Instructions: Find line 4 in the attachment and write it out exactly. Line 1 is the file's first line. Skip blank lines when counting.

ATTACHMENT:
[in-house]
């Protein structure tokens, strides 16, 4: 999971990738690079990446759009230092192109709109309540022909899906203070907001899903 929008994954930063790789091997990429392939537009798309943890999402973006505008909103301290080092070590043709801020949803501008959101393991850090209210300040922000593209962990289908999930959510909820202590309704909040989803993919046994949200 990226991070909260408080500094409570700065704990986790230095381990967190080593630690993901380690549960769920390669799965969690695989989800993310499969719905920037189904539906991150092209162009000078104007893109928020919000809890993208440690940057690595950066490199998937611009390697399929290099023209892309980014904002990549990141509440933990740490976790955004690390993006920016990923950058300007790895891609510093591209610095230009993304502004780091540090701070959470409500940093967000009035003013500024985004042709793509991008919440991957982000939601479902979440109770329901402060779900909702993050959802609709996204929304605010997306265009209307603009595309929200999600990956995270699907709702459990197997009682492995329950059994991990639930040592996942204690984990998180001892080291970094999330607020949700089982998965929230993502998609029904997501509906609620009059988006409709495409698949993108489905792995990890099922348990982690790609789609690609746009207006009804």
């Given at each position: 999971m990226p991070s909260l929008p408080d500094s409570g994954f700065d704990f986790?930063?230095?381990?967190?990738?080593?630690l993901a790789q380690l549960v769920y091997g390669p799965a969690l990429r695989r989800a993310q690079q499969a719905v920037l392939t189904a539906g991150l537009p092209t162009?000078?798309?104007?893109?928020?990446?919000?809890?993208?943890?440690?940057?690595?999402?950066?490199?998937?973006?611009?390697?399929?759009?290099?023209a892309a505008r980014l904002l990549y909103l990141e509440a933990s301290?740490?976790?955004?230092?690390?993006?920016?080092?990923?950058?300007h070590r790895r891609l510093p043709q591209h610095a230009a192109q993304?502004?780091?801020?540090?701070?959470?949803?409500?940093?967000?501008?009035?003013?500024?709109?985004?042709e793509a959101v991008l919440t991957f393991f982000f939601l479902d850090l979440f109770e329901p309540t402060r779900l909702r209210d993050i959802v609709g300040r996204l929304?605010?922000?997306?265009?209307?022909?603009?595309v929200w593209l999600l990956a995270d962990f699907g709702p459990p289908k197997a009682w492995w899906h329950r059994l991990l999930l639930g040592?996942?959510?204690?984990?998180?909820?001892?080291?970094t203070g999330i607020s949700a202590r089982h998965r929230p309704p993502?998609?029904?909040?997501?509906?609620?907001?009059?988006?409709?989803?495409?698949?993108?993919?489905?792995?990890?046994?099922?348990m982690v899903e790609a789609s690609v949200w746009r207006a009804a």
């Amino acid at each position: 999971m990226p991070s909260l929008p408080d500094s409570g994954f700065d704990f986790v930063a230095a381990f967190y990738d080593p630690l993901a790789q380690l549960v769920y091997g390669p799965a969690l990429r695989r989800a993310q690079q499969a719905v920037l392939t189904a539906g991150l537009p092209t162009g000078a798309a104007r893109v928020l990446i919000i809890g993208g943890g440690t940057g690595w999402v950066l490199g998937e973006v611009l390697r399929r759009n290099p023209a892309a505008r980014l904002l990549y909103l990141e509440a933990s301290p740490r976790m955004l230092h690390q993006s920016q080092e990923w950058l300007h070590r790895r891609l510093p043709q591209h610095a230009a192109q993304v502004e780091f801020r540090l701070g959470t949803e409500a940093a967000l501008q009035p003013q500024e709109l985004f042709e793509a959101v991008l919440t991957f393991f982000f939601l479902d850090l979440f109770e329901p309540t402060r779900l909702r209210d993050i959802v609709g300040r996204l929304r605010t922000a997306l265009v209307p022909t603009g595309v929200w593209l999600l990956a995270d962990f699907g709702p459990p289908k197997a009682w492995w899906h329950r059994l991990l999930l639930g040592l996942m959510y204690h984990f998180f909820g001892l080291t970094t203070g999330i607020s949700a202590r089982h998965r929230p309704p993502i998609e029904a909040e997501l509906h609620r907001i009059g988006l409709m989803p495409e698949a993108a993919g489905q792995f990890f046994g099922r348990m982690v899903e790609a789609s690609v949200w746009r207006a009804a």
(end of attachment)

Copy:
């Amino acid at each position: 999971m990226p991070s909260l929008p408080d500094s409570g994954f700065d704990f986790v930063a230095a381990f967190y990738d080593p630690l993901a790789q380690l549960v769920y091997g390669p799965a969690l990429r695989r989800a993310q690079q499969a719905v920037l392939t189904a539906g991150l537009p092209t162009g000078a798309a104007r893109v928020l990446i919000i809890g993208g943890g440690t940057g690595w999402v950066l490199g998937e973006v611009l390697r399929r759009n290099p023209a892309a505008r980014l904002l990549y909103l990141e509440a933990s301290p740490r976790m955004l230092h690390q993006s920016q080092e990923w950058l300007h070590r790895r891609l510093p043709q591209h610095a230009a192109q993304v502004e780091f801020r540090l701070g959470t949803e409500a940093a967000l501008q009035p003013q500024e709109l985004f042709e793509a959101v991008l919440t991957f393991f982000f939601l479902d850090l979440f109770e329901p309540t402060r779900l909702r209210d993050i959802v609709g300040r996204l929304r605010t922000a997306l265009v209307p022909t603009g595309v929200w593209l999600l990956a995270d962990f699907g709702p459990p289908k197997a009682w492995w899906h329950r059994l991990l999930l639930g040592l996942m959510y204690h984990f998180f909820g001892l080291t970094t203070g999330i607020s949700a202590r089982h998965r929230p309704p993502i998609e029904a909040e997501l509906h609620r907001i009059g988006l409709m989803p495409e698949a993108a993919g489905q792995f990890f046994g099922r348990m982690v899903e790609a789609s690609v949200w746009r207006a009804a």